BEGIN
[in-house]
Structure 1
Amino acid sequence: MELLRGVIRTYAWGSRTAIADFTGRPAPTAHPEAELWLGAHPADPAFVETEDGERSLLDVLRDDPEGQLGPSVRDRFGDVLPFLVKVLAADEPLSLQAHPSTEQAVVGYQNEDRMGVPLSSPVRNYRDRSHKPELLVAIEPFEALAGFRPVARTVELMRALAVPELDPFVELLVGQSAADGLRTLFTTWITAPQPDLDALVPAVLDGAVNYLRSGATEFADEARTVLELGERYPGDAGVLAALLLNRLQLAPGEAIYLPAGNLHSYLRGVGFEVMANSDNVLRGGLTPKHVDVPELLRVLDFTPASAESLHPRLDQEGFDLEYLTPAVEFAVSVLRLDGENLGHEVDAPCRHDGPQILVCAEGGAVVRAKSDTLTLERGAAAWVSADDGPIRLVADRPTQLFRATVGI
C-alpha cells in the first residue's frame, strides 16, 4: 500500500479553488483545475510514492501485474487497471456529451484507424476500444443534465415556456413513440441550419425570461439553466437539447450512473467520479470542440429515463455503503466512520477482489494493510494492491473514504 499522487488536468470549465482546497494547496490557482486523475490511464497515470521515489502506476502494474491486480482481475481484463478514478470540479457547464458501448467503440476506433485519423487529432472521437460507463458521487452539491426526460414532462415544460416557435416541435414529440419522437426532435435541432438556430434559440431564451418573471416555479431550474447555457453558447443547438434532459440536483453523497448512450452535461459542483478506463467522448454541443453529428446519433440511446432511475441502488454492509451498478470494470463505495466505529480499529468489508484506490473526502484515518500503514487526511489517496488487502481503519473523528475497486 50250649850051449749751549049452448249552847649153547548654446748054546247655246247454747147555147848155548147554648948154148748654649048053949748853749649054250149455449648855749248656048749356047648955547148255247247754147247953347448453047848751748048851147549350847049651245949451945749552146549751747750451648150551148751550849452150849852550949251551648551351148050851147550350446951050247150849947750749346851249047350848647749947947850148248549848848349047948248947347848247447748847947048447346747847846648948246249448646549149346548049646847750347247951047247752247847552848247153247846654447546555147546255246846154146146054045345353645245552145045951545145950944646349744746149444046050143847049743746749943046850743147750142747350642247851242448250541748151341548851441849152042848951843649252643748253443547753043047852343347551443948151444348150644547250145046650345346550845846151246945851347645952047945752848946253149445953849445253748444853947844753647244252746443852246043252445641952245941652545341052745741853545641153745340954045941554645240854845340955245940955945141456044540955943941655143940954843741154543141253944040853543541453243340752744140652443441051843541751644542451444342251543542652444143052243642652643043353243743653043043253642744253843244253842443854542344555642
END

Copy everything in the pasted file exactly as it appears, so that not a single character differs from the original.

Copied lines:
[in-house]
Structure 1
Amino acid sequence: MELLRGVIRTYAWGSRTAIADFTGRPAPTAHPEAELWLGAHPADPAFVETEDGERSLLDVLRDDPEGQLGPSVRDRFGDVLPFLVKVLAADEPLSLQAHPSTEQAVVGYQNEDRMGVPLSSPVRNYRDRSHKPELLVAIEPFEALAGFRPVARTVELMRALAVPELDPFVELLVGQSAADGLRTLFTTWITAPQPDLDALVPAVLDGAVNYLRSGATEFADEARTVLELGERYPGDAGVLAALLLNRLQLAPGEAIYLPAGNLHSYLRGVGFEVMANSDNVLRGGLTPKHVDVPELLRVLDFTPASAESLHPRLDQEGFDLEYLTPAVEFAVSVLRLDGENLGHEVDAPCRHDGPQILVCAEGGAVVRAKSDTLTLERGAAAWVSADDGPIRLVADRPTQLFRATVGI
C-alpha cells in the first residue's frame, strides 16, 4: 500500500479553488483545475510514492501485474487497471456529451484507424476500444443534465415556456413513440441550419425570461439553466437539447450512473467520479470542440429515463455503503466512520477482489494493510494492491473514504 499522487488536468470549465482546497494547496490557482486523475490511464497515470521515489502506476502494474491486480482481475481484463478514478470540479457547464458501448467503440476506433485519423487529432472521437460507463458521487452539491426526460414532462415544460416557435416541435414529440419522437426532435435541432438556430434559440431564451418573471416555479431550474447555457453558447443547438434532459440536483453523497448512450452535461459542483478506463467522448454541443453529428446519433440511446432511475441502488454492509451498478470494470463505495466505529480499529468489508484506490473526502484515518500503514487526511489517496488487502481503519473523528475497486 50250649850051449749751549049452448249552847649153547548654446748054546247655246247454747147555147848155548147554648948154148748654649048053949748853749649054250149455449648855749248656048749356047648955547148255247247754147247953347448453047848751748048851147549350847049651245949451945749552146549751747750451648150551148751550849452150849852550949251551648551351148050851147550350446951050247150849947750749346851249047350848647749947947850148248549848848349047948248947347848247447748847947048447346747847846648948246249448646549149346548049646847750347247951047247752247847552848247153247846654447546555147546255246846154146146054045345353645245552145045951545145950944646349744746149444046050143847049743746749943046850743147750142747350642247851242448250541748151341548851441849152042848951843649252643748253443547753043047852343347551443948151444348150644547250145046650345346550845846151246945851347645952047945752848946253149445953849445253748444853947844753647244252746443852246043252445641952245941652545341052745741853545641153745340954045941554645240854845340955245940955945141456044540955943941655143940954843741154543141253944040853543541453243340752744140652443441051843541751644542451444342251543542652444143052243642652643043353243743653043043253642744253843244253842443854542344555642